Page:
10. Celebrate autumn. Don’t underestimate the beauty of bare branches or crisp brown leaves on the ground. There is plenty of interesting texture in and around the garden waiting for winter.



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Saturday, February 26, 2011

Awesome idea for the garden :)



What are these thingies and how can they cause an explosion in your garden?
How about an awesome gift for the gardener who has everything?
I don't want to give it away . . . you have to visit Alicia at McCrenshaw!


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Sunday, February 20, 2011

Creative seed starting containers






Looks like Spring has arrived in Central Florida and I couldn't be happier!  Time to start planting seeds in my part of the world!

In my travels around Bloggerville, I found this creative self-watering seed starting container idea from Brandy at Savin' Some using recycled soda bottles!

How cool is this?


Click on the photo to go to her post describing how she made it.


Thank you Brandy for this awesome idea!
Her blog Savin' Some is all about being frugal.



Do you have creative uses for recycled items and tips for starting seeds?

One of my favorites is egg cartons.  I cut them in half, poke holes in the little cups and use the top as a saucer.  They are readily available, a convenient size and a perfectly fitting saucer.  They use a small amount of soil, making it economical if you like to use those expensive seed starting soil mixes.

I have experimented with using actual egg shells to plant the seedlings in, making transplanting a breeze.  They fit perfectly in those egg cartons!

Another favorite recycled item . . . clear plastic containers that department store pastries come in.  Same concept . . . I cut them in half, poke holes and use the top as a saucer.  I love using those for starting pepper and tomato seedlings.

My best tip for seed starting is to water them with a sprayer . . . sometimes I will use heavily diluted fertilizer to get them off to a strong start.  It is so easy to kill the babies with too much water!

I will be posting some of my soil recipes in a future post.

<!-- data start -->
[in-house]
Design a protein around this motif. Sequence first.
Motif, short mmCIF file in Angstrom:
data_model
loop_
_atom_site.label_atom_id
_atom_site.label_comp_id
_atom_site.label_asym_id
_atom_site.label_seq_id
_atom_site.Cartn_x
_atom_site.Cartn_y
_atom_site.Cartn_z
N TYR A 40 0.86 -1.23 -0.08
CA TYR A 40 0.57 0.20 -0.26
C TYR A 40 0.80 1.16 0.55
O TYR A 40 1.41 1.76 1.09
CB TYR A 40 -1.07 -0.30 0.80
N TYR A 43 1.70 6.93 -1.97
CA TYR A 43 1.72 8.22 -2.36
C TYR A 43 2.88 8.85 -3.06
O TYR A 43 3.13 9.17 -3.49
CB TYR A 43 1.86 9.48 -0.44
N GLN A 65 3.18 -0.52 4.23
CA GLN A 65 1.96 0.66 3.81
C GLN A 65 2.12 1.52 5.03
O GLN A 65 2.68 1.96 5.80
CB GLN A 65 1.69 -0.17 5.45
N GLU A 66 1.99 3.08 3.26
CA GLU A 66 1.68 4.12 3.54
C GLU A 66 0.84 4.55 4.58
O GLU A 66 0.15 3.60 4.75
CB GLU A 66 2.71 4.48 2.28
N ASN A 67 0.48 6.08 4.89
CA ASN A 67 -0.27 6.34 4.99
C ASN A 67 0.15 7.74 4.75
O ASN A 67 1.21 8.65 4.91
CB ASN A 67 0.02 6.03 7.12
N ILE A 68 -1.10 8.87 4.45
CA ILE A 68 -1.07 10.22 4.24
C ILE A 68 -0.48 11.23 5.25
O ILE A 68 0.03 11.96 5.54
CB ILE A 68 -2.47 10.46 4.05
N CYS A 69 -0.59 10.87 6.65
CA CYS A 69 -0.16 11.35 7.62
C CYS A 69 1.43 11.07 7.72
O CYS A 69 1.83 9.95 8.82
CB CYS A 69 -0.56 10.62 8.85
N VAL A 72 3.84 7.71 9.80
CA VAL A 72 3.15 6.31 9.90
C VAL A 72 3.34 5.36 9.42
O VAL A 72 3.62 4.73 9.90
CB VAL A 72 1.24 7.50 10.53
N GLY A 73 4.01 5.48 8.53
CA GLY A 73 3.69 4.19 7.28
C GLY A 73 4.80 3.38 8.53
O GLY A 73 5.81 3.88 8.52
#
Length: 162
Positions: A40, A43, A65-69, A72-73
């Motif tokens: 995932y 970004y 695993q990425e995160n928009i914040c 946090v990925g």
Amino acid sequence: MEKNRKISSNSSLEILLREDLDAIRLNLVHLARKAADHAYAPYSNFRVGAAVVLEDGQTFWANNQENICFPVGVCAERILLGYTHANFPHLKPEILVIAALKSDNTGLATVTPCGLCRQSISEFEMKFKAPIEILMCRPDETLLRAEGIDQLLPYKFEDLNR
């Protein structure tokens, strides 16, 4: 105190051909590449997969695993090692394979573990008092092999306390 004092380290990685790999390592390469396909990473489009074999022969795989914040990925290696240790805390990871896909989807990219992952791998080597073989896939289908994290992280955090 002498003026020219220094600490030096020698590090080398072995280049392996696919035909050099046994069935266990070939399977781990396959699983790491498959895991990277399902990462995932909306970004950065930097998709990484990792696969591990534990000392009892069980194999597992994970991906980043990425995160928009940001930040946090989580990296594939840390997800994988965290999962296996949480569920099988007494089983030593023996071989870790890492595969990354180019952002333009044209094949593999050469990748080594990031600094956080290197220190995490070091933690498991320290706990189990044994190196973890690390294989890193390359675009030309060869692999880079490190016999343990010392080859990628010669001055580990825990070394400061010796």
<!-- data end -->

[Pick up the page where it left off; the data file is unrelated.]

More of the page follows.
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Friday, February 11, 2011

Garden Inspiration

Click here to view this photo in a new window.

Although I like a property that has a natural park look to it with unmanicured mass plantings, I like the garden decor concept of "rooms" . . . definite themed sections of the garden . . . I love the garden in this photo for some inspiration.  There is something so soothing about white against the high contrast of green that brings a feeling of serenity.  A small water feature in the center would be awesome!

This photo comes from Fine Gardening . . . 
This is today's "Garden of the Day" . . . 
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Tuesday, February 8, 2011

Outdoor spaces

10_mcgarigle

The seating area surrounded by lattice really caught my eye and gave me some ideas for our carport that is not so private.  The nice shady spot calls out for chill out time.

Even though we have had a very cold winter that has killed much of the greenery, most of the days have been pleasant enough to enjoy the outdoors, even if not gardening.  Now is the time to get those areas cleaned up, painted and redecorated.  


Our cleanup is underway and the first major project is putting up gate additions and finishing up the front of our wood fence to make the back yard entirely private.  The second project just may be something similar to that lattice seating area in the photo.  Before and after photos coming soon!

This photo comes from the website Design Sponge Online, one of my favorite websites!  


Check it out for lots of home dec inspiration for your inside and outside spaces.